Encircling by Carl Frode Tiller, book review: Hard-hitting realism from the anti-Knausgaard

Gains most traction from passages of close-focus domesticity

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The Independent Culture

Namsos, a coastal town in central Norway, boasts a golden elk on its coat of arms and a Sawmill Museum. Since he published this first volume in 2007, this archetypal backwater has had another claim to fame. It supplies a setting, often mocked but trickily adhesive, for a trilogy of bestselling, award-winning novels by writer and rock musician Carl Frode Tiller. As one of his narrators says in this first episode, “Maybe it is harder to break free than I always thought”.

The unavoidable shadow of Karl-Ove Knausgaard will now fall over any multi-volume saga of modern Norwegian life. Indeed, as Encircling kicks off with Jon, the morose bass player in a so-so band, walking out on his mates after a sulk in a dead-end little port, readers may sense the Karl-Ove weather of introspective angst closing in again. Although the two authors’ moods and themes can coincide, this opening scene in some ways lays a false trail.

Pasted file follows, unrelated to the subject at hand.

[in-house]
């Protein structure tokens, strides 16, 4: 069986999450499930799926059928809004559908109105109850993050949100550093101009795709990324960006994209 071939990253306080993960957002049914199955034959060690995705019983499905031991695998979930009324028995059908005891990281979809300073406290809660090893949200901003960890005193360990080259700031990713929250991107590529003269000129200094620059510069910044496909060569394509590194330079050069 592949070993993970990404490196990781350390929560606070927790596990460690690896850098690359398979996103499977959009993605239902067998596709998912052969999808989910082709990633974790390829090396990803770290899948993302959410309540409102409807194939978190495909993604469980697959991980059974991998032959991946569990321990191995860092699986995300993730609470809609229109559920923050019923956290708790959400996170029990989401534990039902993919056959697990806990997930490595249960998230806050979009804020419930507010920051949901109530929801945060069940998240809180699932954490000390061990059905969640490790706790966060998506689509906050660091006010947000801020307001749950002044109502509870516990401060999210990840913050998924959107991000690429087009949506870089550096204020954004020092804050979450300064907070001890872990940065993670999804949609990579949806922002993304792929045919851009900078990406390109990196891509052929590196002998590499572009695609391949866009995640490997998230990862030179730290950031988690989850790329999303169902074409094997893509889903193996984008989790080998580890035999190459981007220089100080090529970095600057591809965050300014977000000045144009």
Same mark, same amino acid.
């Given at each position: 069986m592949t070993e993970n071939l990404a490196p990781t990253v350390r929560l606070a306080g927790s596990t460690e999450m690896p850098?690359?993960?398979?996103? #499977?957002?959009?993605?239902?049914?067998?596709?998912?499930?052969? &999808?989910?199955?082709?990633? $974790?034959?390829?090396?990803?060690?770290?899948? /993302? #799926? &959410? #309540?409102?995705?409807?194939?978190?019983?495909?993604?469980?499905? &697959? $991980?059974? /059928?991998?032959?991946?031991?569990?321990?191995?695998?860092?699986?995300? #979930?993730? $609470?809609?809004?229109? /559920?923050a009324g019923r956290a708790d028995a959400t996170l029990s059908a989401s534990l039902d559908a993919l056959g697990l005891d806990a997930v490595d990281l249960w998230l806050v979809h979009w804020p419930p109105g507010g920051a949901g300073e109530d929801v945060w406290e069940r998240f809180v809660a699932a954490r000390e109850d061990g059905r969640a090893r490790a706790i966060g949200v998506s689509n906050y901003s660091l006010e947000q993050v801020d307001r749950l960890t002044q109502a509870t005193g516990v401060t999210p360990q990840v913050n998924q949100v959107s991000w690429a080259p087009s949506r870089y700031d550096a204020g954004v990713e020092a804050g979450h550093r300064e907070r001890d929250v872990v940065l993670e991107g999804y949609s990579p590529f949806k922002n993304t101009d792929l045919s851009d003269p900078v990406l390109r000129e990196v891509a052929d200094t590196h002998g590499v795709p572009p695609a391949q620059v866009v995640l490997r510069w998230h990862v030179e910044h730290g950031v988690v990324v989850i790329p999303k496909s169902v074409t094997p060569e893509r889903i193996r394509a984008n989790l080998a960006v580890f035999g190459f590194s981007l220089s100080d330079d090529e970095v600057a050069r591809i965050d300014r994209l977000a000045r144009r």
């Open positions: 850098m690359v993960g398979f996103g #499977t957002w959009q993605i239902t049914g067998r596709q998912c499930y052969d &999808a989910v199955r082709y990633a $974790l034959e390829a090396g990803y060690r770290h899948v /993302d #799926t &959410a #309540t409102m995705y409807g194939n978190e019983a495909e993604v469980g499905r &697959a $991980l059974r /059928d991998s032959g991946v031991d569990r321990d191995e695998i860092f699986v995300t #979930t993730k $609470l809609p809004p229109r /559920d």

Tiller creates a singular set-up. David Hugsar, who never appears in this volume, has lost his memory. At his psychologist’s behest, friends and family from Namsos send him letters about the life they shared. Alternating with the letters, first-person recollections tell these characters’ own stories. You could even dub Tiller the anti-Knausgaard. In place of the latter’s heroic solipsism, his chorus of voices yields a prismatic, multi-faceted view of personal identity. Much of the reality of any life rests in the minds and memories of one’s nearest and dearest. The vicar Arvid, David’s devoted but baffled stepfather, comes to acknowledge “how much influence other people actually have on who I am”.

We hear, in three successive narratives, from the talented but “fragile” Jon then from the cancer-stricken Arvid, and finally from a former girlfriend: unhappily married Silje. Remembered in drastically different ways, David lurks offstage as the absent centre; the focus of fantasy, and apologia, as much as reminiscence. 

This carefully scored polyphony allows Tiller to shift between registers, from the dying Arvid’s touching, but still deluded, meditations on love and mortality to Silje’s Strindberg-style marital rows – played out at slightly punishing length. If Encircling delivers vocal virtuosity – carried into English with equal dexterity by Barbara Haveland – it gains most traction from passages of close-focus domesticity. Jon may sneer at the films of Mike Leigh and Ken Loach, but visitors to Tiller’s Namsos may feel that their spirits hover not too far away.

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